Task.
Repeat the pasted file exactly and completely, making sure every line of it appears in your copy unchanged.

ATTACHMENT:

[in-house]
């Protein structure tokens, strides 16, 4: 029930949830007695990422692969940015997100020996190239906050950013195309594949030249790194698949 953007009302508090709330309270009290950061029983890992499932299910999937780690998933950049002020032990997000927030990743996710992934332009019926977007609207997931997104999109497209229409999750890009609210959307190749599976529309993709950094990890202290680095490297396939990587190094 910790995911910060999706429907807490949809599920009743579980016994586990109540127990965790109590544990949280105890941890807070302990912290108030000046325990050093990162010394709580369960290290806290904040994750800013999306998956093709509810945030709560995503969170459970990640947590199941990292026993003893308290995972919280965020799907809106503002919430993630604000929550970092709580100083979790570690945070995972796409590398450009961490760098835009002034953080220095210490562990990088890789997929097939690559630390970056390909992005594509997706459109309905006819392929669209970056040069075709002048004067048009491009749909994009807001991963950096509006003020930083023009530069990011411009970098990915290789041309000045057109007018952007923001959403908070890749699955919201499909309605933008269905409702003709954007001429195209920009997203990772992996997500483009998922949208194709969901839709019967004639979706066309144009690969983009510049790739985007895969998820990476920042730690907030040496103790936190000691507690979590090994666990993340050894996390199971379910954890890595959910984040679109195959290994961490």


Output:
[in-house]
């Protein structure tokens, strides 16, 4: 029930949830007695990422692969940015997100020996190239906050950013195309594949030249790194698949 953007009302508090709330309270009290950061029983890992499932299910999937780690998933950049002020032990997000927030990743996710992934332009019926977007609207997931997104999109497209229409999750890009609210959307190749599976529309993709950094990890202290680095490297396939990587190094 910790995911910060999706429907807490949809599920009743579980016994586990109540127990965790109590544990949280105890941890807070302990912290108030000046325990050093990162010394709580369960290290806290904040994750800013999306998956093709509810945030709560995503969170459970990640947590199941990292026993003893308290995972919280965020799907809106503002919430993630604000929550970092709580100083979790570690945070995972796409590398450009961490760098835009002034953080220095210490562990990088890789997929097939690559630390970056390909992005594509997706459109309905006819392929669209970056040069075709002048004067048009491009749909994009807001991963950096509006003020930083023009530069990011411009970098990915290789041309000045057109007018952007923001959403908070890749699955919201499909309605933008269905409702003709954007001429195209920009997203990772992996997500483009998922949208194709969901839709019967004639979706066309144009690969983009510049790739985007895969998820990476920042730690907030040496103790936190000691507690979590090994666990993340050894996390199971379910954890890595959910984040679109195959290994961490």